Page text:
It has been seven years since Richard Price last published a novel and it has been worth the wait. Writing under the transparent pseudonym Harry Brandt, Richard Price again demonstrates he truly is a master when it comes to crime and American life. Price delivers a multi-layered, slow-burning portrayal of friendship, justice and revenge and how easily the three of them can be incompatible.
Billy Graves was a member of The Wild Geese, the WGs. A group of cops in the early 90s fresh into uniform and looking to make a difference on the wild streets of New York. Twenty years later he’s the only one still carrying a badge. The rest of his crew have successfully and unsuccessfully carved out new careers, all for different reasons and under different circumstances. But all of them are still haunted by their ‘Whites’. The cases that got away from them, where justice for one reason or many was never served. The cases they just can’t let go of, for the families of the victims and their own sense of right and wrong.
Billy Graves is in charge of the Night Watch. The unit that responds to calls during the never glamorous night shift. He’s given the dregs of the department. The misfits and washouts, the cops nobody else wants to work with. He does his shifts and rushes home to get his two boys off to school before sleeping through the rest of the day. It’s life and it has it’s rhythm. Until he’s called to the scene of a stabbing where the victim is one of the WG’s ‘Whites’. When another ‘White’ is reported missing it is too much of a coincidence. As Billy picks around the edges suspicions quickly turn to betrayals. And when his wife and kids are targeted by a stalker it all suddenly gets too much for Billy. Operating on a severe lack of sleep and trust he grapples with what is the right thing to do while events slowly escalate around him.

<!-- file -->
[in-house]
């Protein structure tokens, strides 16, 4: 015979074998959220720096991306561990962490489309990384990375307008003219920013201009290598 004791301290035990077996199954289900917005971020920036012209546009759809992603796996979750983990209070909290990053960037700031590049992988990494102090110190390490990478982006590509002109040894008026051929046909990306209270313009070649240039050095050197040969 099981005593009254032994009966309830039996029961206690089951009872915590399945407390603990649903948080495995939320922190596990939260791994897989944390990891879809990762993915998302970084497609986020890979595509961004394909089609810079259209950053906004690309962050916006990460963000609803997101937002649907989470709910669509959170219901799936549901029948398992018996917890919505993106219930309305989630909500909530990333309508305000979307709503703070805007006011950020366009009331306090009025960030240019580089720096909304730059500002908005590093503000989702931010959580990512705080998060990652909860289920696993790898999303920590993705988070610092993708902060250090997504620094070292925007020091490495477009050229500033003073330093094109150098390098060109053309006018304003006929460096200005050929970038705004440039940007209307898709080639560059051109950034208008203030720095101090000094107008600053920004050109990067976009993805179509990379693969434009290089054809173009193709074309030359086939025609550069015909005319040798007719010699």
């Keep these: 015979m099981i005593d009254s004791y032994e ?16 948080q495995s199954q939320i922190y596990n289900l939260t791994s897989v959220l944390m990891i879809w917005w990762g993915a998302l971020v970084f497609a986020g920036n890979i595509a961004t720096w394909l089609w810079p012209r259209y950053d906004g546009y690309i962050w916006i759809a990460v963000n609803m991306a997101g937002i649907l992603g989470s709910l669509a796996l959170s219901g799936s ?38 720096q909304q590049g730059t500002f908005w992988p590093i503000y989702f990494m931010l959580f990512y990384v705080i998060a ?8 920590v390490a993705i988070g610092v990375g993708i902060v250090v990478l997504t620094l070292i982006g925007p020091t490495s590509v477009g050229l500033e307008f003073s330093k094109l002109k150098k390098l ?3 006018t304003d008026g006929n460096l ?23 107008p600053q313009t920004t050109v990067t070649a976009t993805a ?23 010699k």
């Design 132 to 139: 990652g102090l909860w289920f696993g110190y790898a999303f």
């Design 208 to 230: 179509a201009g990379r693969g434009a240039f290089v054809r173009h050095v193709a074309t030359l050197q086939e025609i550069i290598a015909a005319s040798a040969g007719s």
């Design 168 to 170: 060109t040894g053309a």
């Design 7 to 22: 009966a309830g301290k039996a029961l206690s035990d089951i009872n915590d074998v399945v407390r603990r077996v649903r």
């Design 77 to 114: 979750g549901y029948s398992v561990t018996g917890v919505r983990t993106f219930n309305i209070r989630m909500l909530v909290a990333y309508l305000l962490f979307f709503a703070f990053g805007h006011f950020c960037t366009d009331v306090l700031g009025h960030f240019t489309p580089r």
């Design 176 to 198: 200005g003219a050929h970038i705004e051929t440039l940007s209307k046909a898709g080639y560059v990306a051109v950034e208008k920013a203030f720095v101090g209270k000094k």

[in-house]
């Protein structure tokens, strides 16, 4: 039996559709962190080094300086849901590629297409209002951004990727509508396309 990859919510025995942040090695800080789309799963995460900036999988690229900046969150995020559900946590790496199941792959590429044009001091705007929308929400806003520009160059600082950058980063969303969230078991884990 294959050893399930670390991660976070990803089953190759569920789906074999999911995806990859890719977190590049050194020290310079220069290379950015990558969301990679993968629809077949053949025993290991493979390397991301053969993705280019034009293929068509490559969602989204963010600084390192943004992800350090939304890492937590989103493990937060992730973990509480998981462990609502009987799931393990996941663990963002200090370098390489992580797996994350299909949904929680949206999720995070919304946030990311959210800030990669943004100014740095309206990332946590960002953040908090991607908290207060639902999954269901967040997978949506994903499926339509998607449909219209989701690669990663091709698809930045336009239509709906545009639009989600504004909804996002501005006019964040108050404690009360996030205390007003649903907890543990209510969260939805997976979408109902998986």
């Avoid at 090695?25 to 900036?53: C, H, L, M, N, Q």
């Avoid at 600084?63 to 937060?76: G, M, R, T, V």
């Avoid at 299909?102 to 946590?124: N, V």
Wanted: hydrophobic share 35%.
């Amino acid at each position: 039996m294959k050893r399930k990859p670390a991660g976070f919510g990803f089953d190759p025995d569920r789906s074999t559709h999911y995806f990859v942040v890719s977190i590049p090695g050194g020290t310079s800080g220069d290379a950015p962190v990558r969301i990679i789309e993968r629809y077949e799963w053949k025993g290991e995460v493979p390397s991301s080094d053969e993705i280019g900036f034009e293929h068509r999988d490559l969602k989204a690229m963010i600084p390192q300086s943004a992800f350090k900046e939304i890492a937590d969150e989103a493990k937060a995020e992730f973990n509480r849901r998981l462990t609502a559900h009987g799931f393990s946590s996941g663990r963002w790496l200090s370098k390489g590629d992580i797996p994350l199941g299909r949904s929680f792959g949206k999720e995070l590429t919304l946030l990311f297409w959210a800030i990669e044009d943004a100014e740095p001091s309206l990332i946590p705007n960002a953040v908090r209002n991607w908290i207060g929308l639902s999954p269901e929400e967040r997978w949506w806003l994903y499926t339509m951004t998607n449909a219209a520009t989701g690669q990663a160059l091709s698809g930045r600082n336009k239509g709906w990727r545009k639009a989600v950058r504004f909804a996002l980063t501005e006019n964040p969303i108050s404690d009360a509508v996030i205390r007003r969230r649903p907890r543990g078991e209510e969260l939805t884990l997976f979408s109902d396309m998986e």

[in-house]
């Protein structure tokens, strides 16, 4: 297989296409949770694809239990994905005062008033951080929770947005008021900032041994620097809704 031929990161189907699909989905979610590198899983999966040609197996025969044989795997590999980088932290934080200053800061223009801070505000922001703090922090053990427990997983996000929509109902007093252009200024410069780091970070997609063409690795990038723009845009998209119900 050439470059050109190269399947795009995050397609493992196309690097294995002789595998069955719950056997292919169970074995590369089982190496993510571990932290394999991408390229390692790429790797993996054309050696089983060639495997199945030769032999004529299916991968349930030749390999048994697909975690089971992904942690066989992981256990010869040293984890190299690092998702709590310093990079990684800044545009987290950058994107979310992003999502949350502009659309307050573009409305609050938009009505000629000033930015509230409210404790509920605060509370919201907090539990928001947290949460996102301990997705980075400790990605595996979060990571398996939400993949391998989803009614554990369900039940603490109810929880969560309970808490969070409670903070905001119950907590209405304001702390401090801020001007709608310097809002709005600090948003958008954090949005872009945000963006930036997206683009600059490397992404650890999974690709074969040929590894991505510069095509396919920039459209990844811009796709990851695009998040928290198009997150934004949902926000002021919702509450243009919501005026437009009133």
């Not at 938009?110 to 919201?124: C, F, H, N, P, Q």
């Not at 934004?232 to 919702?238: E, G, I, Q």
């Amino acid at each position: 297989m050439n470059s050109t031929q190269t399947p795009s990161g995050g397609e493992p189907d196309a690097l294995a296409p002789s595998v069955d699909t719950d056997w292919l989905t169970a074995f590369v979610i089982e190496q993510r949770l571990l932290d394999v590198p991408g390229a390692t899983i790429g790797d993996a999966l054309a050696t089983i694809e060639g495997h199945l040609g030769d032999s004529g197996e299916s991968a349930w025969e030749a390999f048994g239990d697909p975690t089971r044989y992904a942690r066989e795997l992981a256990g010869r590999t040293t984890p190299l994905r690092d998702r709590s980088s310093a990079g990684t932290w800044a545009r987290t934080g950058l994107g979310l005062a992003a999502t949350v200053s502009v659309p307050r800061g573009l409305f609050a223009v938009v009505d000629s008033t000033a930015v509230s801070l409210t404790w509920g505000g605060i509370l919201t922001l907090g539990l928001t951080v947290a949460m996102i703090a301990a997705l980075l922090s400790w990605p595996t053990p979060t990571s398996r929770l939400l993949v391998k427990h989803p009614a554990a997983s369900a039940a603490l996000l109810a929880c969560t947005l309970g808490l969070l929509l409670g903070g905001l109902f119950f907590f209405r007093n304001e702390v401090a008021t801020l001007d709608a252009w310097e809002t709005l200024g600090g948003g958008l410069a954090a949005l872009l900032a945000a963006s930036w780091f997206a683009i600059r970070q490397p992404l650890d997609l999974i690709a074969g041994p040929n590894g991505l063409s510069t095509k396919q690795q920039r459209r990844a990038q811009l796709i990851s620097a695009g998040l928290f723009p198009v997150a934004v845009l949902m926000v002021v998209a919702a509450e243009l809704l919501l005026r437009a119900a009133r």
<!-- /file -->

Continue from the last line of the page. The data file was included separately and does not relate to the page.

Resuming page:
Richard Price not only has one of the best ears for authentic dialogue but also for the street. It’s noises and rhythms that ebb and flow around those whom inhabit it.
“THE SOUND of tires rolling over a side street full of shattered light bulbs was like the sound of Jiffy Pop achieving climax”
He brings all his characters and their turmoils vividly to life with sublime nuance and empathy. Ultimately this is a story about the mistakes we make and how those mistakes and their consequences haunt us constantly. About how justice can be blind but vengeance can be all-consuming. If you let it.